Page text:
Security requires the devices be put in pairing mode and a key entered. The Bluetooth group has made this as simple as possible, but it has to be there. "That is a trade-off," says Edlund. "You need to initialise and make sure they headset works with only your phone." Otherwise anyone could use a Bluetooth device to hijack the phone you are carrying in your pocket.
But it sometimes takes a lot of clicks to do anything
Another problem is that the user interface of some of these devices is complex anyway - and each vendor implements Bluetooth within its own user interface - so Bluetooth on two phones will look and feel different. "We would like to see the same user interface but vendors won't change," said Edlund.
Why can't it be as simple as Wi-Fi?
"Wi-Fi only handles one application, transporting IP packets," says Edlund. The corresponding part of Bluetooth (the MAC and PHY layers) is a simple definition, ratified as IEEE 802.15.1, but Bluetooth does a whole lot more.
"Bluetooth defines applications for pens, cameras, headsets and other things," says Edlund. The point is that, Bluetooth replaces cables between devices that don't necessarily have keyboards or other data entry devices. To make such ad hoc connections, a Bluetooth device has to have a lot of the interface work built in. Hence the thorny subject of Bluetooth profiles, which are defined by the SIG for a host of uses, like cameras, audio devices, phones and so forth.
Why are there so many profiles?
Bluetooth is sometimes criticised for having too many profiles, for too many kinds of device. Doesn't this fragment the standard? Edlund's answer is that the profiles are necessary.
The devices that are defined are changing as time goes by and new features are considered for them. For example, a keyboard connection to a phone would not have been thought of a year or two back, but a smartphone will definitely need one.
If the profiles are too complicated for developers the answer, says Edlund, is Implementors' Guides. These simplify things and contain guidelines of what options should be put in and what left out. Of ten planned Implementors' Guides, only one, for phones, has been published so far.
What about new profiles?
While some people rail at the number of profiles, others suggest things that ought to be added. These new profiles have to be developed through the SIG. "It's a tricky balance," says Edlund. "If you regulate everything, so it all has to go through a committee, then innovation is dampened."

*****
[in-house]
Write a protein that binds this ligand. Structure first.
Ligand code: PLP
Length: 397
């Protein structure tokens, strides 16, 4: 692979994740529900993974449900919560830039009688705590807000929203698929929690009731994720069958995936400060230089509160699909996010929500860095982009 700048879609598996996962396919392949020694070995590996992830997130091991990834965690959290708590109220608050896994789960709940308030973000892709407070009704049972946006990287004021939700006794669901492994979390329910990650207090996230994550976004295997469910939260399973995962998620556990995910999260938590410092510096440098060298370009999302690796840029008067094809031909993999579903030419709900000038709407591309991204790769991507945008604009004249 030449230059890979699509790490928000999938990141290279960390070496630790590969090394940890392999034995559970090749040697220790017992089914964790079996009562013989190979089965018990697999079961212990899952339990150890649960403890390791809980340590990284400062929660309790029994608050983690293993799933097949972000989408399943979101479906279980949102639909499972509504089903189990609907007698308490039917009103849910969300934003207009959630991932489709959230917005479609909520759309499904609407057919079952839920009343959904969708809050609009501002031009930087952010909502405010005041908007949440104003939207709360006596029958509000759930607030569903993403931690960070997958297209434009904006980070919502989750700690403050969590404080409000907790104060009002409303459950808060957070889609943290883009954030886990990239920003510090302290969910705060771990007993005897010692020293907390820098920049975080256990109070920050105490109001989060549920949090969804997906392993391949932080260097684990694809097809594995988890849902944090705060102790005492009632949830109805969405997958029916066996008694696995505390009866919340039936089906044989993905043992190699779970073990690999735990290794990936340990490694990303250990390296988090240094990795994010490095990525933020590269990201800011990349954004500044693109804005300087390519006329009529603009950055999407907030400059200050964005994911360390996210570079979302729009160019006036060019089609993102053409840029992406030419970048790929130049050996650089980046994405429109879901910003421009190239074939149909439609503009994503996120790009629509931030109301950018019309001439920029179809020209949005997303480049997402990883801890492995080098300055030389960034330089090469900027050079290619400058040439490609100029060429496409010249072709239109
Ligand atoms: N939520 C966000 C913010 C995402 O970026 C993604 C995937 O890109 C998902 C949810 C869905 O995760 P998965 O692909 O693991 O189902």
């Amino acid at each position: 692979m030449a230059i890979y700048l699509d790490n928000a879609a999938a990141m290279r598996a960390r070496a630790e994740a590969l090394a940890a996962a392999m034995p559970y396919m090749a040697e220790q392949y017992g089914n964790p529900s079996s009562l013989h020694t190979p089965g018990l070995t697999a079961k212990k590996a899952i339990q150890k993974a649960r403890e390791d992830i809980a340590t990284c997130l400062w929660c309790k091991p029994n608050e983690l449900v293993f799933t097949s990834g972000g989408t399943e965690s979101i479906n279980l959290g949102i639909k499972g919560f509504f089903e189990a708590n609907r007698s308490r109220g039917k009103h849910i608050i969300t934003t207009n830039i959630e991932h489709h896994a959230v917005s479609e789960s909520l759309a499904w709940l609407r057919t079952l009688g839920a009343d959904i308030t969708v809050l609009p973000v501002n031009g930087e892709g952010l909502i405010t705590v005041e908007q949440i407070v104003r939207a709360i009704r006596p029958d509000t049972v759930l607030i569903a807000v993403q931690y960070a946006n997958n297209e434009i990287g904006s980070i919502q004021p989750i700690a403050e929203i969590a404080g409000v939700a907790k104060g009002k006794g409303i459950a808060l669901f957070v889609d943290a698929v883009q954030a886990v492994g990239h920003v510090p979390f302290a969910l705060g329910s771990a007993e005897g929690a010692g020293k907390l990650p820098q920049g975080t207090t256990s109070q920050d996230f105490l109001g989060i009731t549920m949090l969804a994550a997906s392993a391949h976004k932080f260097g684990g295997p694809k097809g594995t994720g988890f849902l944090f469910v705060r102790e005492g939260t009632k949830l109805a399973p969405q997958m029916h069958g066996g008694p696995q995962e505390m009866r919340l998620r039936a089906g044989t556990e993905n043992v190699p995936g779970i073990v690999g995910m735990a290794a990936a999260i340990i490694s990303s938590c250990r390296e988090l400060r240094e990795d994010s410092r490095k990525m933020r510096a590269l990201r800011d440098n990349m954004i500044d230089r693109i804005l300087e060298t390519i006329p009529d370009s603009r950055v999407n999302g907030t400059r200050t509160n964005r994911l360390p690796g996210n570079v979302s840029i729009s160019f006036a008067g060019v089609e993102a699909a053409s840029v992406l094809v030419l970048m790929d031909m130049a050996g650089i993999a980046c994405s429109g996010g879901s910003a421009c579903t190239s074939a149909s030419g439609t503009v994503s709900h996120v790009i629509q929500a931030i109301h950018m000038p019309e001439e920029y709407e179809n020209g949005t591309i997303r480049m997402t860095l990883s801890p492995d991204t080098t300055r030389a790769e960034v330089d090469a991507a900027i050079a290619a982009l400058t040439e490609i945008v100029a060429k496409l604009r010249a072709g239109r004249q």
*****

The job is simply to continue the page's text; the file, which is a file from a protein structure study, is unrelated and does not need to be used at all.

What will bring Bluetooth into use?
If users need educating, will it be a big campaign that does it, or a steady trickle? Probably more of the latter, says Edlund, although he is excited about the prospect of Bluephone, BT's bid to use the Bluetooth cordless telephone profile to siphon calls (and money) away from the mobile networks back to wired phone lines.
BT and Orange (in Denmark) are the only public trials of the Bluephone concept that he is aware of. The difficult part will be to get mobile companies on board. To do that BT will have to convince mobile operators that the Bluephone will benefit them too.
Will UWB be a threat in future?
"Ultra-wide band (UWB) is always interesting," says Edlund. The technology promises 500 Mbit/s links over similar distances to Bluetooth. However, there are still two competing versions of the standard, Edlund points out. Also, the technology is not yet in mass silicon and is not approved for use outside the US.
Most importantly, if it is to handle ad hoc communications between many types of device from many vendors, UWB will need the same kind of profiles as Bluetooth has. "In three to five years, I imagine we could put the Bluetooth profiles on UWB," says Edlund. They could use UWB as a transport, in other words, and maybe even call it Bluetooth 2, or 3.
So it's mostly marketing now?
Yes, says Edlund. But that can be the trickiest part of the process. However, he is confident that there is nothing else around that does what Bluetooth does and betrays no doubt about its success.